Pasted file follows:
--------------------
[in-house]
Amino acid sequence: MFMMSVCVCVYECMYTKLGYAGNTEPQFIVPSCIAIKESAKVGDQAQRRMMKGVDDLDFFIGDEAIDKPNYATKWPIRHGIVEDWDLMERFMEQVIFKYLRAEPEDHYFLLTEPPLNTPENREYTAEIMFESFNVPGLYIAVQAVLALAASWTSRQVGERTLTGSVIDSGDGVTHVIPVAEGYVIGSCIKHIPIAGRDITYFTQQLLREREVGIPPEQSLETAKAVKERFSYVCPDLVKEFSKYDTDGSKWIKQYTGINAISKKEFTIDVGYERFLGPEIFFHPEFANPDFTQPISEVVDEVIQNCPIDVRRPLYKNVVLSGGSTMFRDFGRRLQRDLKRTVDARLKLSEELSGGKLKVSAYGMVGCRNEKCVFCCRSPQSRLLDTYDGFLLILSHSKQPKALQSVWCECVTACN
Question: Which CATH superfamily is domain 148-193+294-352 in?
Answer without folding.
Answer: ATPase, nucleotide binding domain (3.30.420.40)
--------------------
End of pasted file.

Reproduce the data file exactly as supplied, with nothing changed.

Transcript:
[in-house]
Amino acid sequence: MFMMSVCVCVYECMYTKLGYAGNTEPQFIVPSCIAIKESAKVGDQAQRRMMKGVDDLDFFIGDEAIDKPNYATKWPIRHGIVEDWDLMERFMEQVIFKYLRAEPEDHYFLLTEPPLNTPENREYTAEIMFESFNVPGLYIAVQAVLALAASWTSRQVGERTLTGSVIDSGDGVTHVIPVAEGYVIGSCIKHIPIAGRDITYFTQQLLREREVGIPPEQSLETAKAVKERFSYVCPDLVKEFSKYDTDGSKWIKQYTGINAISKKEFTIDVGYERFLGPEIFFHPEFANPDFTQPISEVVDEVIQNCPIDVRRPLYKNVVLSGGSTMFRDFGRRLQRDLKRTVDARLKLSEELSGGKLKVSAYGMVGCRNEKCVFCCRSPQSRLLDTYDGFLLILSHSKQPKALQSVWCECVTACN
Question: Which CATH superfamily is domain 148-193+294-352 in?
Answer without folding.
Answer: ATPase, nucleotide binding domain (3.30.420.40)